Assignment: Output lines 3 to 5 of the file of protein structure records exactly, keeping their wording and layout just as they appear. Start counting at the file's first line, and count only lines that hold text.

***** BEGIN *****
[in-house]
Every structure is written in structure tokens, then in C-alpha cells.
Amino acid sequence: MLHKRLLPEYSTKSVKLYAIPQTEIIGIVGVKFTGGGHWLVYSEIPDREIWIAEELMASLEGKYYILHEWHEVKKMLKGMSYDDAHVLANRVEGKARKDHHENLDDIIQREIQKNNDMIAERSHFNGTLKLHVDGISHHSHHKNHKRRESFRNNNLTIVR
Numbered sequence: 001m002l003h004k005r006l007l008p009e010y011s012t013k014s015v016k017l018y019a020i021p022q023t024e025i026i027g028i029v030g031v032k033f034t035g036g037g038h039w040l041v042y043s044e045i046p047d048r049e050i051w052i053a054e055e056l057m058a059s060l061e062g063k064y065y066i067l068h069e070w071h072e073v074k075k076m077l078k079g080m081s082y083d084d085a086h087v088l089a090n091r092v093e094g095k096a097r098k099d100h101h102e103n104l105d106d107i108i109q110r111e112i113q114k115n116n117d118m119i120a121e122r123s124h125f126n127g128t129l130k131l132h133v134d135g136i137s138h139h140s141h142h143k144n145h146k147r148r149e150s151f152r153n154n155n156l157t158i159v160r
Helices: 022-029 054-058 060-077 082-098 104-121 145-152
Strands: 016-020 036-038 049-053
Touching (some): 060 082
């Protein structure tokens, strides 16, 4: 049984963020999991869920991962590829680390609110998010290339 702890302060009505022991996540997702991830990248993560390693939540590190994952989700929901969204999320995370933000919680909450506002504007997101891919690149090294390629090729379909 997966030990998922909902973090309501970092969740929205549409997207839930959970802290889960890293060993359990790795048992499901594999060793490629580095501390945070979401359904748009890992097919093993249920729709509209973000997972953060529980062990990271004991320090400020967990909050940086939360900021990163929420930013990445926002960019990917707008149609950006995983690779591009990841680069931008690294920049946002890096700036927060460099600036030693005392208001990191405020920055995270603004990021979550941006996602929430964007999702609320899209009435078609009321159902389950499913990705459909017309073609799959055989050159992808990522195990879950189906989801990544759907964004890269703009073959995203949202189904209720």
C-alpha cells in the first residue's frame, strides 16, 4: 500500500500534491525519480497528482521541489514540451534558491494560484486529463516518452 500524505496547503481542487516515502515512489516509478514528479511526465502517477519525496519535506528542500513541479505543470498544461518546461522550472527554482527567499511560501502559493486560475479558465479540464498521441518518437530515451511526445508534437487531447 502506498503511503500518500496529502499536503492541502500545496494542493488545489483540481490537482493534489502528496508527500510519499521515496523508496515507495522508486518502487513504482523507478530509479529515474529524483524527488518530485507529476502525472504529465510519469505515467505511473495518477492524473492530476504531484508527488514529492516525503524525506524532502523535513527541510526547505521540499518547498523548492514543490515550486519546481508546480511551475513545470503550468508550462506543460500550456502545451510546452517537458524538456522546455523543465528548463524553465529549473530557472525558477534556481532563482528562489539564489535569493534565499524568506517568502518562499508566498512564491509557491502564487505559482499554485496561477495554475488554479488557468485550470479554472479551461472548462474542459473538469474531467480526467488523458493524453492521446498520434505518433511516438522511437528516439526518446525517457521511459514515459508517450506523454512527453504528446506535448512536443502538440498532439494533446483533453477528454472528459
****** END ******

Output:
Amino acid sequence: MLHKRLLPEYSTKSVKLYAIPQTEIIGIVGVKFTGGGHWLVYSEIPDREIWIAEELMASLEGKYYILHEWHEVKKMLKGMSYDDAHVLANRVEGKARKDHHENLDDIIQREIQKNNDMIAERSHFNGTLKLHVDGISHHSHHKNHKRRESFRNNNLTIVR
Numbered sequence: 001m002l003h004k005r006l007l008p009e010y011s012t013k014s015v016k017l018y019a020i021p022q023t024e025i026i027g028i029v030g031v032k033f034t035g036g037g038h039w040l041v042y043s044e045i046p047d048r049e050i051w052i053a054e055e056l057m058a059s060l061e062g063k064y065y066i067l068h069e070w071h072e073v074k075k076m077l078k079g080m081s082y083d084d085a086h087v088l089a090n091r092v093e094g095k096a097r098k099d100h101h102e103n104l105d106d107i108i109q110r111e112i113q114k115n116n117d118m119i120a121e122r123s124h125f126n127g128t129l130k131l132h133v134d135g136i137s138h139h140s141h142h143k144n145h146k147r148r149e150s151f152r153n154n155n156l157t158i159v160r
Helices: 022-029 054-058 060-077 082-098 104-121 145-152